Store link:

make custom gifts at Zazzle

Monday, February 15, 2010

David and Kevin become internet hundredaires

When Kevin and I first started this blog, we wanted to provoke meaningful thought and discussion about medical education and chronicle the early steps towards physician-hood from the basic sciences to graduation and everything along the baby-saving, Jess-antagonizing, sleep-not-having way. All this, of course, only if the blog failed in its primary purpose of making us wealthy internet blogopreneurs who could quit med school and live a life of leisure for rest of our days.  

Well, friends, that day has finally arrived. Buoyed by a 100% legitimate string of ad-clicks, Kevin and I have reached the rarified status of making $100 in advertising revenue over the course of only two years. Averaged over all of the time spent writing and brainstorming, we’re in the oft-discussed yet rarely realized realm of multiple cents per-hour earnings. 


While we contemplate which Cayman isle to retire to now that this gravy train is going full-bore, we're planning a celebration in the interim, funded entirely by this massive windfall. Expect a spread truly befitting our recent successes; every attendee will get at least 1-2 pretzels, maybe more.

See you there!


What?: IDDx Earnings Extravaganza

When?: Saturday, March 27th, 8PM - ???!?!?

Where?: TBD

Who?: Kevin, David, Julia, you, maybe Jess

                                                           Kevin is Fat Joe...


Saturday, January 30, 2010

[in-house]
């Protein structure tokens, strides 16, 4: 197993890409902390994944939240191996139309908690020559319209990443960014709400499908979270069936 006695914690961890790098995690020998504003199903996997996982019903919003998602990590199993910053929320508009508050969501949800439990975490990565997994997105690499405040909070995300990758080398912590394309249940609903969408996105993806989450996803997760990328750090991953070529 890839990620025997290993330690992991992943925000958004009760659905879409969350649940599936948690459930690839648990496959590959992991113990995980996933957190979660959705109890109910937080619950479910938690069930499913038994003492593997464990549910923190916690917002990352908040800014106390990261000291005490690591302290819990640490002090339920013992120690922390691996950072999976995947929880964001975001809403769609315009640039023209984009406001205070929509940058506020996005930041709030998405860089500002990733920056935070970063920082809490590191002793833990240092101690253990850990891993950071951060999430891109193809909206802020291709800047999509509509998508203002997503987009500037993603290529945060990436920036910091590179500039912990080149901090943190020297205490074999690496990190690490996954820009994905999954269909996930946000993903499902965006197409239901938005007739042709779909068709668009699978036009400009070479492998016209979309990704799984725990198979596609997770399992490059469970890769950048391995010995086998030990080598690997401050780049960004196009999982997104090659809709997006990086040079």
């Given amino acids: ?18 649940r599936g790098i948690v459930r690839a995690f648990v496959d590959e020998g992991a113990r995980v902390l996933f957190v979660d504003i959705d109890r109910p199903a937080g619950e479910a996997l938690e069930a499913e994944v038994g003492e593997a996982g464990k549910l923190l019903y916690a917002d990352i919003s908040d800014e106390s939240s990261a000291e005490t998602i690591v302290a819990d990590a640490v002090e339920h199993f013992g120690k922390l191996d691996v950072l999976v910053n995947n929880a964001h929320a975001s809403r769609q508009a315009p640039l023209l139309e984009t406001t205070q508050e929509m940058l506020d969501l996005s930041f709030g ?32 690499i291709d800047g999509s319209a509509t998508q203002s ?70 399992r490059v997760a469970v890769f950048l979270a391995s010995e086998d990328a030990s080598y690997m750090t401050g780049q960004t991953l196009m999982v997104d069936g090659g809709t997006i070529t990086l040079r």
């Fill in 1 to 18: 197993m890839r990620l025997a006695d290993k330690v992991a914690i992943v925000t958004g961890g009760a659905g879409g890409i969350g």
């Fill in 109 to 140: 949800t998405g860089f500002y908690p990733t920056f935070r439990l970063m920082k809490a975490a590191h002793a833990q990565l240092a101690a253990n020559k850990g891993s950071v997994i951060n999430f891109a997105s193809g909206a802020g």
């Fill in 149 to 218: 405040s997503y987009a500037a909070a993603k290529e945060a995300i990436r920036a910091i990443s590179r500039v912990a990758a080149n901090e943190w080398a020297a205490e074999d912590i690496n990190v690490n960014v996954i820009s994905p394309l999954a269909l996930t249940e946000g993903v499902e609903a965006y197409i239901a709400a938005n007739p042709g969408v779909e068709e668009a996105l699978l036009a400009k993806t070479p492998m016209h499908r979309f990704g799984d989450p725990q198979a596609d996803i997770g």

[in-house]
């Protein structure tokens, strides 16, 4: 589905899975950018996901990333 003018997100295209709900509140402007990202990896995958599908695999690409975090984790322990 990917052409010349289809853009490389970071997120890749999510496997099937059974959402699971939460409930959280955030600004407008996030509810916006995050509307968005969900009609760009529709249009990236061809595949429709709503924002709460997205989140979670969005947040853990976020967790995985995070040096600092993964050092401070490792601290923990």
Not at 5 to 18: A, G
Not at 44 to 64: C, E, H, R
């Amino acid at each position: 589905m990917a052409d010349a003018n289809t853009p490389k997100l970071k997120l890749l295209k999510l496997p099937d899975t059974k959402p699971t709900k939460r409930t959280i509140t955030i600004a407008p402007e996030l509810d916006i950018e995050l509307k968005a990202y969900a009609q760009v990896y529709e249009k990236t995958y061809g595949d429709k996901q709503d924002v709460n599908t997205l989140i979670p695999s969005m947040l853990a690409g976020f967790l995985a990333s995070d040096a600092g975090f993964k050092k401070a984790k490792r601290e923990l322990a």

Kevin might want to know watcha thinkin' about.

Time is winding down on my psych rotation and it’s given me plenty of time to reflect on the experience. I think it’s safe to say most students do not go into medical school with a yearning desire to enter psychiatry, quite a shame really. This little odd niche of medicine has quite a lot to offer.

3 Reasons to enter psychiatry

1) The sweet life
It’s no secret that the work hours in psych are awesome. As a medical student I got into the hospital at around 8:30, rounded with the attending and resident (no prerounding) until 11:30, wrote my notes and done by 2pm at the latest. Hey, they don’t call it psychation for nothing. This sweet life style extends to the residents as well. They all come in at around 8 and are done by 4 or 5pm. And EVERYONE is happy. I think in all my other rotations, people are always bitching about something related to their work hours (and I haven’t had surgery yet). It’s really no wonder our friend Jess is seriously considering psych as his future career as a way to maximize the amount of time for his video games.

2) Helping the underserved

Everyone says this during their medical school interview, but if residency match is any indication, most don’t follow through. The patients seen on psych truly are the most in need. These are patients who are so sick that they do not even know they’re sick. Combined with inevitable social and financial losses, these are the neediest group of patients any clinician will see. If you truly believe in the schpiel you gave to the admissions committee, you should take a good hard look at psych.